NEPTUME (No-discharge Energy Efficient Prototype for the Treatment of Urban Municipal Effluent)
Like many other countries, Malta is experiencing increasingly severe drought conditions and chronic water shortages. Second class water, produced from urban municipal waste, has great potential for irrigation purposes in agriculture as well as landscaping. Yet piping wastewater over long distances for treatment leads to inefficiencies. This project studies the treatment of municipal sewage in situ using an innovative, compact membrane system coupled with a phytoremediation process to polish water for public spaces, irrigation, fountains and more. The research comprises state of the art continuous monitoring of the physical and chemical parameters of the water with real time data capture.
Over the years Malta has relied heavily on the unsustainable over-extraction of groundwater reserves and on Reverse Osmosis to meet national water demand. Although second class water produced from urban municipal waste has recognised potential for irrigation and other purposes, the practice of piping wastewater long distances for treatment would prove costly and inefficient and the treated effluent from a conventional municipal plant would still require further polishing to be suited for individual reuse applications. Sewage effluent may be sourced and treated locally, with specific on-site polishing of the resultant water.
NEPTUME studies the treatment of municipal sewage using a compact ceramic membrane system with recognised advantages over conventional membrane systems. The treated effluent will be subjected to a follow-on ecological and low energy phytoremediation process, polishing the water for use in public spaces and for irrigation purposes, fountains and more. The research project will set new standards for sustainability in landscaping schemes, agricultural activities, golf courses and recreational areas where sufficient water supply is not available.
NEPTUME combines the latest developments in flat sheet membrane technology with the nutrient-removal potential of follow-on biological phytoremediation processes, studying the benefits in the context of the regeneration of the derelict inner-harbour area around Dock One, Cospicua. Little data is available on the application of these technologies in Malta’s specific environment. The project will assess the suitability of different macrophytic species, their ability to absorb specific excess nutrients from the water, and their potential as a source of biomass for fuel. The physical and chemical parameters of the water will be monitored continually, with real time data ensuring the efficient processing and polishing of the water.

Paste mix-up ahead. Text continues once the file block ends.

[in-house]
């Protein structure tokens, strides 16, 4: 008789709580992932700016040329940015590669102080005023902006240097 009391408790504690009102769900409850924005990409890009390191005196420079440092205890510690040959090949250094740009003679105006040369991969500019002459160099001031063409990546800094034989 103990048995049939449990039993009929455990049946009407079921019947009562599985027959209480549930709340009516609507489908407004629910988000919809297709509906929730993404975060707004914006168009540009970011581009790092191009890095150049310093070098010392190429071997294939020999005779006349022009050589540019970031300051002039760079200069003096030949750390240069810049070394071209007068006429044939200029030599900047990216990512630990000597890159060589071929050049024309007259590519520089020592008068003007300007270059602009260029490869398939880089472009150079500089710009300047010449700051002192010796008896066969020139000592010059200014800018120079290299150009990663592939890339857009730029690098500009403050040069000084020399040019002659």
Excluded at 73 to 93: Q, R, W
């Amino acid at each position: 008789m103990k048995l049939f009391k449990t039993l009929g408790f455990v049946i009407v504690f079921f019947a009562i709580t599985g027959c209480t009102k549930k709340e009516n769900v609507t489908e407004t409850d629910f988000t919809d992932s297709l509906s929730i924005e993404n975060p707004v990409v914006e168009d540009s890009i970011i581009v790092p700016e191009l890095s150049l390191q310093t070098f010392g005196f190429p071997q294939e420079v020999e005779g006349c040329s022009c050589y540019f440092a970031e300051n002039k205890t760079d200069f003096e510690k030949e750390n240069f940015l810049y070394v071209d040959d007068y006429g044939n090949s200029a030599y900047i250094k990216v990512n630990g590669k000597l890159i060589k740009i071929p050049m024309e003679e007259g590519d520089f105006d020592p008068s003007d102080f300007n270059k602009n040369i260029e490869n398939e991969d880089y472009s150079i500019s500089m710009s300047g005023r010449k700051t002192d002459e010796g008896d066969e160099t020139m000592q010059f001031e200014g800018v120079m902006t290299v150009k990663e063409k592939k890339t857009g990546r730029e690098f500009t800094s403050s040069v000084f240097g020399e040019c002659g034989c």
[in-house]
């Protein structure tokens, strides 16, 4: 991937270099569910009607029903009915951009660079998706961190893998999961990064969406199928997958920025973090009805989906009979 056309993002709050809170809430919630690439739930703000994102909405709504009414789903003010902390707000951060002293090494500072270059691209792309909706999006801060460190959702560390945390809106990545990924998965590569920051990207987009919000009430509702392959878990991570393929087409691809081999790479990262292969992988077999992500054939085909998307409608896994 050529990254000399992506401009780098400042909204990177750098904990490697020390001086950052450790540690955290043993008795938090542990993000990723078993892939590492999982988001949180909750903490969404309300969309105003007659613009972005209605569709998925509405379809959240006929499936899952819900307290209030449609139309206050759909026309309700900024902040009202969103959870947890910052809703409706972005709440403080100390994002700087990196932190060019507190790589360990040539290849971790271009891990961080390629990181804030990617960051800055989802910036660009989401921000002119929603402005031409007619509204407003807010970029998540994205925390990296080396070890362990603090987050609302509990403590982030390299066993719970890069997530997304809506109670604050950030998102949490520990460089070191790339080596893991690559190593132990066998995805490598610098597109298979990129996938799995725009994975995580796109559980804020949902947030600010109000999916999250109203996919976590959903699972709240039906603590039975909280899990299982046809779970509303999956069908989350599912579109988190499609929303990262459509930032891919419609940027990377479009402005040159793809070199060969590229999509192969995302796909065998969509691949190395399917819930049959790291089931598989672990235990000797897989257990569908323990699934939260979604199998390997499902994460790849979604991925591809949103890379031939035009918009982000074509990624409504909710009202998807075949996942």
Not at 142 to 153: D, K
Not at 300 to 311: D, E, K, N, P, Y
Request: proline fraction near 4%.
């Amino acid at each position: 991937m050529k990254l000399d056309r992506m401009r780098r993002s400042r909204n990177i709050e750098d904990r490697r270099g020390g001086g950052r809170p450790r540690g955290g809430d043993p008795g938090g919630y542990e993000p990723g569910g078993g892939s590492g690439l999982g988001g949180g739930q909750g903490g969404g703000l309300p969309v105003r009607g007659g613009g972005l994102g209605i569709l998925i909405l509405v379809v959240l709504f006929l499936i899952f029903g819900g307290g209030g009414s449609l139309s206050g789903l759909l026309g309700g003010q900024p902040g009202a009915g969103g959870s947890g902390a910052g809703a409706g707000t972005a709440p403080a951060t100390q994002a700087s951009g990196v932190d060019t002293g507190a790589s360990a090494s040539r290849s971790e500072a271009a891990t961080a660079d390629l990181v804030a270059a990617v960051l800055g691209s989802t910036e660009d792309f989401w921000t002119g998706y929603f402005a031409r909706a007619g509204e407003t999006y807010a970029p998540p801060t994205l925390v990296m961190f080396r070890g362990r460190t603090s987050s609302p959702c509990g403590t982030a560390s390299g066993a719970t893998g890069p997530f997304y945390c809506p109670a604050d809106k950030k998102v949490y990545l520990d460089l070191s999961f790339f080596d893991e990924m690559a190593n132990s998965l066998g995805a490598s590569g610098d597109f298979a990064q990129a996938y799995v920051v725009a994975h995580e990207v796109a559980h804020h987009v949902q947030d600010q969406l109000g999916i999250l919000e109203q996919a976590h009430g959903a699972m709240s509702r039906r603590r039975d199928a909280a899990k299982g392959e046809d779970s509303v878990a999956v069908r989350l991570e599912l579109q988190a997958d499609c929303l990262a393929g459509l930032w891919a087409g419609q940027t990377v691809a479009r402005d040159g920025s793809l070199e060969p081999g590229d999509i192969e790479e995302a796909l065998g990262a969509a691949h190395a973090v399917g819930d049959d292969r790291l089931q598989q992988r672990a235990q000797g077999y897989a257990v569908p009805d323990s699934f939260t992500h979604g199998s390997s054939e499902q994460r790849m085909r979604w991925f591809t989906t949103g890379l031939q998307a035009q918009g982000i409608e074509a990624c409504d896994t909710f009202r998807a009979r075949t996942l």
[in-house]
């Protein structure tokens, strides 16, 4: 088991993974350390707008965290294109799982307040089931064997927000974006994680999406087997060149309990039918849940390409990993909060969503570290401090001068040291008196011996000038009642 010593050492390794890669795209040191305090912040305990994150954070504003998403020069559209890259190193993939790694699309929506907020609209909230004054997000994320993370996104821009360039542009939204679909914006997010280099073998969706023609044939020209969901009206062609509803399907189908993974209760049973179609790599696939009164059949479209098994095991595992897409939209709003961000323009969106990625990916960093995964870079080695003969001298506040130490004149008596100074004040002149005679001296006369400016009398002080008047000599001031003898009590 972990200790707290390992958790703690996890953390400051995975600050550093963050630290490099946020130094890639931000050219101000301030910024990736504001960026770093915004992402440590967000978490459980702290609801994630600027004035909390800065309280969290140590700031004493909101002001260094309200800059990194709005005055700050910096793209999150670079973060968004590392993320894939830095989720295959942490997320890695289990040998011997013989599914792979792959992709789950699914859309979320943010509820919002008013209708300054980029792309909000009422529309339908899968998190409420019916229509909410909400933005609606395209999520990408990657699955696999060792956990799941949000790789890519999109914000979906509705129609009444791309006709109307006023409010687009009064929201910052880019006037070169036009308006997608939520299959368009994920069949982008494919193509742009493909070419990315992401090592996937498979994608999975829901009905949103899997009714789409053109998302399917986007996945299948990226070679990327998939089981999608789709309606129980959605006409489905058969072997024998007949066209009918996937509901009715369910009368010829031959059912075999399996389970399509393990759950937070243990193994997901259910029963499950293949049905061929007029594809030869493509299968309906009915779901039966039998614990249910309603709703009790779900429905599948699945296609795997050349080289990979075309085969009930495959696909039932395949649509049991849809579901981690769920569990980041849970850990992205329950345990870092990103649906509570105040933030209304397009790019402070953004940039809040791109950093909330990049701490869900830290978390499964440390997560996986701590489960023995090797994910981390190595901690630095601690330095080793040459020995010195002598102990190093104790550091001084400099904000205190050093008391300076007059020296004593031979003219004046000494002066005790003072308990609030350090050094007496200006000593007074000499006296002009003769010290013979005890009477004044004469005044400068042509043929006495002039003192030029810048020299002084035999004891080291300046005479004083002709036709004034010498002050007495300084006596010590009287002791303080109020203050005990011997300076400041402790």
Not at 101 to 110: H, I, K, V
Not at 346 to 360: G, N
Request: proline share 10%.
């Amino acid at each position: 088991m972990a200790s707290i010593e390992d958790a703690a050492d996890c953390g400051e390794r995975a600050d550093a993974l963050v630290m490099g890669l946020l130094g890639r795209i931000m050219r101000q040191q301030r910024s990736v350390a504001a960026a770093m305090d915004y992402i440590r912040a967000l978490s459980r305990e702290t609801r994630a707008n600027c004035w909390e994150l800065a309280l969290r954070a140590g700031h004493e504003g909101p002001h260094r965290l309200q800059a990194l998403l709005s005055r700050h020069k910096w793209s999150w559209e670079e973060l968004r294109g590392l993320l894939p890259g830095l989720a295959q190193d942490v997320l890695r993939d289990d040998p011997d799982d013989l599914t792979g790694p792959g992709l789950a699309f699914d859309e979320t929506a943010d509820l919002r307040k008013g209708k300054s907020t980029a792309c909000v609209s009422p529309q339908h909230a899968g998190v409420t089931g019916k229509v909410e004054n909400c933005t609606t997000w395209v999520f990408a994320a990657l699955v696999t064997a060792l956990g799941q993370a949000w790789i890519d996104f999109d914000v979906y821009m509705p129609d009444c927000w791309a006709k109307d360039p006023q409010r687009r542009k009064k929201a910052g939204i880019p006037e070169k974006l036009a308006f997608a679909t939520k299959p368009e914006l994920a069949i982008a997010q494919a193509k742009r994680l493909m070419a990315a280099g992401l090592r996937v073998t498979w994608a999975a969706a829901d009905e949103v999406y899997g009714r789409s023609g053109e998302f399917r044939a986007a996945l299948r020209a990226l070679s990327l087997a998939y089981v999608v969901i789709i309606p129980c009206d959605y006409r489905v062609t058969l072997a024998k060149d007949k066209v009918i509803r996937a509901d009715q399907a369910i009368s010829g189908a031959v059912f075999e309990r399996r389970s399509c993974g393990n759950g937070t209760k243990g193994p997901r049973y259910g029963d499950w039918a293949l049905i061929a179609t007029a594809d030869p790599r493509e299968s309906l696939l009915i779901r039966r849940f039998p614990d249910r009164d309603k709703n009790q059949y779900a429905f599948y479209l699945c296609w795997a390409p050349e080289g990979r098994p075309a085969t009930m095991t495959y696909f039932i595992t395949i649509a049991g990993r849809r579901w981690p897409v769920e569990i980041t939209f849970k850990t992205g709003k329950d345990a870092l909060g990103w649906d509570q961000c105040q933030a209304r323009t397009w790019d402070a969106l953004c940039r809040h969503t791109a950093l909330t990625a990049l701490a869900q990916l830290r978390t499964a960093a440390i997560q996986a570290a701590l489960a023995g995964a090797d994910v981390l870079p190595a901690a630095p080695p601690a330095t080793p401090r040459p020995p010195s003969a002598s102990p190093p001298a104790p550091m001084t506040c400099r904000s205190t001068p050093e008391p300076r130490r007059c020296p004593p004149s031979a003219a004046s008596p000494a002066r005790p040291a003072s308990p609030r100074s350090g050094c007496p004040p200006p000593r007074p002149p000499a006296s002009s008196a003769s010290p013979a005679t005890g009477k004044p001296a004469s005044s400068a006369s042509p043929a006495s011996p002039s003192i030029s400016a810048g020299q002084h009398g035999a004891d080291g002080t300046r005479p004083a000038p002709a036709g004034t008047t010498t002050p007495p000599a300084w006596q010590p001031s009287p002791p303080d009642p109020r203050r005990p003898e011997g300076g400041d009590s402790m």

Barriers and Drivers
This research project will act as a catalyst in combining the expertise of malta's water utility, the Water Services Corporation, in water technology with the extensive experience of the University's Department of Biology in the field of environmental research, together with AP's architectural and landscaping design expretise. It is an unique opportunity to expose architects, planners and engineers to the potential of imporved energy efficient projects through a close working relationship with experts in the fields of water technology and environmental research.
Since the process will result in the reduced cost for the production of irrigigation water, the commercialisation potential for both the MBBR plant, and the MBBR + phytoremediation solution is high. The compactness and portability of the MBBR plant and its ease of operation make it ideal for ;
• Remote locations with no direct access to water where this mobile unitised solution is a “plug & play’’ solution for purposes of irrigation without the need of skilled operators.
• Water-starved areas where clean water produced from phytoremediation technology may be used in industry, agriculture and concurrently biomass production
• Sustainable gardens, public areas, golf courses and sports grounds, hotels etc..
A plant the size of a 20 foot container caters for a population of around 200 persons. Phytoremediation strategies may be further applied to polish domestic and grey water for reuse within industry.
Similar small portable containerised sewage treatment plant will reduce the capital infrastructural or transportation cost by treating the water at source.
The community will benefit from the potential of treating sewage at source instead of delivering the raw material to large central treatment plants, eliminating infrastructural costs and energy required. Treatment of the sewage effluent will produce high quality water which can be used for irrigation purposes. This would result in natural water extraction reduction and lower demand for desalinated water.
The project has educational value since it will be designed to be accessible to the public, thereby setting an example through water reuse in an important national project and promoting environmental sustainability in infrastructure projects.
Unitised municipal sewage plants may be manufactured in Malta, creating employment opportunities.
Benefits include a reduction in the national water production costs and electrical consumption, a reduction of water abstraction from the aquifer, greater availability of good quality water for irrigation and potential aquifer recharge; the project will also result in the reduction of treated sewage effluent discharge into the sea.